The Nijjor Manush website doesn’t disclose the organisation’s origins or say where it is based, although it seems to have been given space by the Spitalfields Trust from which to organise its Brick Lane campaigning. That extended to May’s council election period during which they distributed leaflets disparaging Kevin Brady.

The group’s broader orientation is apparent from tweets endorsing the Wards Corner “community plan” for Seven Sisters and a declaration in response to Rishi Sunak becoming Prime Minister that “Increased ‘representation’ of marginalised groups can ONLY be progressive when it is part of, & connected to, a broader political and economic liberation project”. It continued: “Our response, therefore, must be a renewed commitment to recovering our proudest traditions of radical working class and socialist antiracism”.

Nijjor Manush seem quite taken with the new Mayor of Tower Hamlets Lutfur Rahman, who, in a remarkable comeback, regained power in May, consigning Labour to a heavy defeat. During the campaign, Rahman, responding to coverage of the Truman Brewery scheme, pledged his opposition to what he called “predatory” developers in his borough. Rahman’s win – and Labour’s heavy defeat – has been depicted by him and far left media as proof that the route to electoral triumph in “left behind” areas is to be very socialist.

This argument has also been successfully sold to the Guardian comment section, consolidating the media consensus that what the Old Truman Brewery Company wants to do in Brick Lane is unpopular and bad, and recruiting this to a wider political case that the way for Labour to win elections in lately fragile heartlands, whether in east London or the north of England, is to be more oppositional and left wing.


Is such a fiery constellation of furious denunciations, conservationist ardour and political agendas a reasonable or proportionate response to someone wanting to build some shops and offices on a car park, even in a place as unique and treasured as Brick Lane?

There are reasons for doubting it. It seems very likely that rejecting the Old Truman Brewery’s planning application in September would have only delayed the inevitable and might have been financially perilous for Tower Hamlets Council. There are also grounds for wondering if the true scale of opposition to the brewery plans matches its fervour and media reach.

Much has been made of the responses to the council’s consultation, which at the time of the April 2021 development committee meeting numbered over 7,000 objecting to the scheme compared with just 79 supporting it. However, the balance of sentiment was more complex than the bare totals suggest. Only 12% of the objectors identified themselves as Tower Hamlets residents and half of them provided no address. There are busy networks of people prepared to respond in the negative to any consultation about development plans accused of facilitating gentrification and “pushing out” minorities or the poor. To some in the trade they are known as “Trot mailing lists”.

There are also some assumptions that might be questioned. Computer images of the scheme have prompted critics to deride it as “a mall”, a “soulless” place, where “corporate” interests will take up residence, contaminating the entire neighbourhood. But the derogatory use of such terms are expressions of tastes and values not everyone shares.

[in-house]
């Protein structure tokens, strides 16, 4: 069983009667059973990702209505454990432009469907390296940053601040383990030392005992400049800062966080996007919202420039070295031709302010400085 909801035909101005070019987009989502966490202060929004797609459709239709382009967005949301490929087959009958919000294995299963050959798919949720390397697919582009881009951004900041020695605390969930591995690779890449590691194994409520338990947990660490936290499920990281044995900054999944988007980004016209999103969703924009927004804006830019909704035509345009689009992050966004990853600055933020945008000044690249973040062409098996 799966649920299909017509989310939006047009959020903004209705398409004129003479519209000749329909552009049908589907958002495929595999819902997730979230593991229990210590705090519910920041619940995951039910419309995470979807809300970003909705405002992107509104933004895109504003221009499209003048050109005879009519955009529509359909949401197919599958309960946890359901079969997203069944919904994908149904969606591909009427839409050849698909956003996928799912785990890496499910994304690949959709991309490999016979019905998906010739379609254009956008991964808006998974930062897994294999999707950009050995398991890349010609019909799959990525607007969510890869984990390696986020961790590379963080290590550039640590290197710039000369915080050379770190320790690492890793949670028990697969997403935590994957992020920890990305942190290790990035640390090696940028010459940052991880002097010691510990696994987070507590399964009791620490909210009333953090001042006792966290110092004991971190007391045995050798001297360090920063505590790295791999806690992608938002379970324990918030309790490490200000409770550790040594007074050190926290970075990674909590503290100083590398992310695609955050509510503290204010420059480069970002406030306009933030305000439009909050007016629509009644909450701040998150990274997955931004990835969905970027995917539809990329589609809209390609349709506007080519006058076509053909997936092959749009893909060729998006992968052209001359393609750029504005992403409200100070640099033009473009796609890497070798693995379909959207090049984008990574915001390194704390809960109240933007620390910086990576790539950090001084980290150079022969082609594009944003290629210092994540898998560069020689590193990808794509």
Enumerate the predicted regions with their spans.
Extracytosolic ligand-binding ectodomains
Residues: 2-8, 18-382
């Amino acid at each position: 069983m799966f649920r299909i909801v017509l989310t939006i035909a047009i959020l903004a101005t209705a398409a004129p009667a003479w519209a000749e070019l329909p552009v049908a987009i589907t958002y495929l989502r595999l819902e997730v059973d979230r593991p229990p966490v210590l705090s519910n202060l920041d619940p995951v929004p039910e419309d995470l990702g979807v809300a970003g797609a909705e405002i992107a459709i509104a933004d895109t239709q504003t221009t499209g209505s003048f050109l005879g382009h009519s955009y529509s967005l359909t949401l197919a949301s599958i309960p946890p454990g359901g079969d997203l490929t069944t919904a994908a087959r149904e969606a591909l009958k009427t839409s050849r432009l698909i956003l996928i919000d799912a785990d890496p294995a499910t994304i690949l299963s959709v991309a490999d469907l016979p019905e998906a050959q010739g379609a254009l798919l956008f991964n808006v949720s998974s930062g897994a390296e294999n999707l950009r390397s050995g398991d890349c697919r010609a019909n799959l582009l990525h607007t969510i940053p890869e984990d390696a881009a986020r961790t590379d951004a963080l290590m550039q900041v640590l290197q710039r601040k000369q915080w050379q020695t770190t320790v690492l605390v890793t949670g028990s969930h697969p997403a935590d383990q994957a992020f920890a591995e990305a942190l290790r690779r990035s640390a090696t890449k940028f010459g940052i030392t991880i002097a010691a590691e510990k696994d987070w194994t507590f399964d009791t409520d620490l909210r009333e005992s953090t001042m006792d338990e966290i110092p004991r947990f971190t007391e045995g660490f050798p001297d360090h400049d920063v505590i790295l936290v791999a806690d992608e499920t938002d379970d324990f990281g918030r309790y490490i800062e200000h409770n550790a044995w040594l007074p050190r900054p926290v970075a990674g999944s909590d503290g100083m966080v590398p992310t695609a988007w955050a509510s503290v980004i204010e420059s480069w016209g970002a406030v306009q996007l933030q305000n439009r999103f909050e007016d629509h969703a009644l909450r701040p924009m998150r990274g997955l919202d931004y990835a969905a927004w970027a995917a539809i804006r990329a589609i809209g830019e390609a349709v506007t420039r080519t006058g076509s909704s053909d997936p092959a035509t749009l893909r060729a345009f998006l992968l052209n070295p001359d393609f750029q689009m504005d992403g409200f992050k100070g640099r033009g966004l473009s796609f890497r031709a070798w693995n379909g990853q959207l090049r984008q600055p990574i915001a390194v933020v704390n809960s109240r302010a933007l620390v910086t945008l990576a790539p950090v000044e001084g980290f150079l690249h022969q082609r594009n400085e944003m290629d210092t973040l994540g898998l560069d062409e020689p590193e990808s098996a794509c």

If the brewery company decides to introduce some mainstream retail there – and doing so to excess would surely counter-productively dilute the complex’s special appeal – it could be more attractive to many local people than the boutique and somewhat culturally niche brands that dominate at present, including to Bangladeshi East Enders. (As it happens, when I met Lutfur Rahman for the first time, in 2014, he took me to the Starbucks on Whitechapel Road to do our interview).

And “corporate” presences of other kinds have been comfortably embedded in the brewery for some time: one of its buildings houses a datastore, another was, from 2008 until 2019, the European headquarters of multinational advertising company Digitas and has since been the European headquarters of Urban Outfitters, where 500 people are employed.

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The urge to “save” or “reclaim” Brick Lane in the name of local residents and businesses contains traces of presupposition too, not least about the recent history of an area whose past has been so marked by sudden and far-reaching change.

The curry house presence there, although resilient, has been in decline for most of this century. And its peak period owed much to trade from adjacent territory often depicted in these debates as the base of hostile forces bent on invasion – the City of London.

The “save” mentality also seems to take as read that all East End Bangladeshis wish nothing more than to remain so, as if, as a group, they are uniquely immune among Londoners to the attractions of migration to the suburbs. Does a community as entrepreneurial as theirs monolithically eschew asserting its right-to-buy before selling up and moving to somewhere bigger and greener in, say, Redbridge?

This article, long as it is, could delve deeper still into the methods and motivations of those involved in this latest chapter in the saga of Brick Lane. Is the conservationist vision for the area, with its handsome and expensive Georgian terraces, to foster a type of inner London Stratford-upon-Avon – genteel, timelessly preserved and drawing to it even more tourists than it does now? Do ideological concepts of radical resistance even begin to acknowledge the particular dynamics of East End Bangladeshi community politics – the real explanation for Mayor Rahman’s return – and the electoral need for Labour politicians under pressure to align with its loudest voices, if only for appearances’ sake?

A final thought: Brick Lane has never stayed the same for very long, and in the greater sweep of history the Truman Brewery’s car park plans could turn out to be very small beer.

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Categories: Analysis